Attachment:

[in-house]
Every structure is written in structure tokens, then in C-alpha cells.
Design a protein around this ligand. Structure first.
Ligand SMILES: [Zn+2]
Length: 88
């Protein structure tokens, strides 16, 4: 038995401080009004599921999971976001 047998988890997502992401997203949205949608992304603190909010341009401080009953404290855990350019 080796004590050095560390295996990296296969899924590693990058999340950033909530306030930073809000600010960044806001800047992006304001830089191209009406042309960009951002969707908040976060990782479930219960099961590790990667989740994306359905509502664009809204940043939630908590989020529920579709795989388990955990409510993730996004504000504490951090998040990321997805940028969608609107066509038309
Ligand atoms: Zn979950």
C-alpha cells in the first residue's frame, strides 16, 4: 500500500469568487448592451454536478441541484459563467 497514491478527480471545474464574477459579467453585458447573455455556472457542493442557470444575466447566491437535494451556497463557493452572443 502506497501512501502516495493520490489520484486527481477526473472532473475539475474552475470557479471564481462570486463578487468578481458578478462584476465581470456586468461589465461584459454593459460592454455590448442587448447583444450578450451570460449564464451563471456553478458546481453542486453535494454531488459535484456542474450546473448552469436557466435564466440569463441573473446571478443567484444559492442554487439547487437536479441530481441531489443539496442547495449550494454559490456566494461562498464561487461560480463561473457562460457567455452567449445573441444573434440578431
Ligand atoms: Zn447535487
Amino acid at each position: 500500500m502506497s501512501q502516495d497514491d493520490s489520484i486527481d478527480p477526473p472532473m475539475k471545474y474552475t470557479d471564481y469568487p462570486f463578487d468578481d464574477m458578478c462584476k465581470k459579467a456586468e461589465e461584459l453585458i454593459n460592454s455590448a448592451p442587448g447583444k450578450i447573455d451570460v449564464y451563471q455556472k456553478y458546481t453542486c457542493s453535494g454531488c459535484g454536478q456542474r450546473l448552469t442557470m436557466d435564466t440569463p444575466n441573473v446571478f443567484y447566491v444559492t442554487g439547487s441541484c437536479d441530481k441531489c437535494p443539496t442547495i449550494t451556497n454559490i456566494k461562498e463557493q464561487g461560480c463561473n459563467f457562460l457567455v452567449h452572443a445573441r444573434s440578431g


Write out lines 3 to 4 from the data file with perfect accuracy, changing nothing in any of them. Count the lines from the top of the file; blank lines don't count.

Design a protein around this ligand. Structure first.
Ligand SMILES: [Zn+2]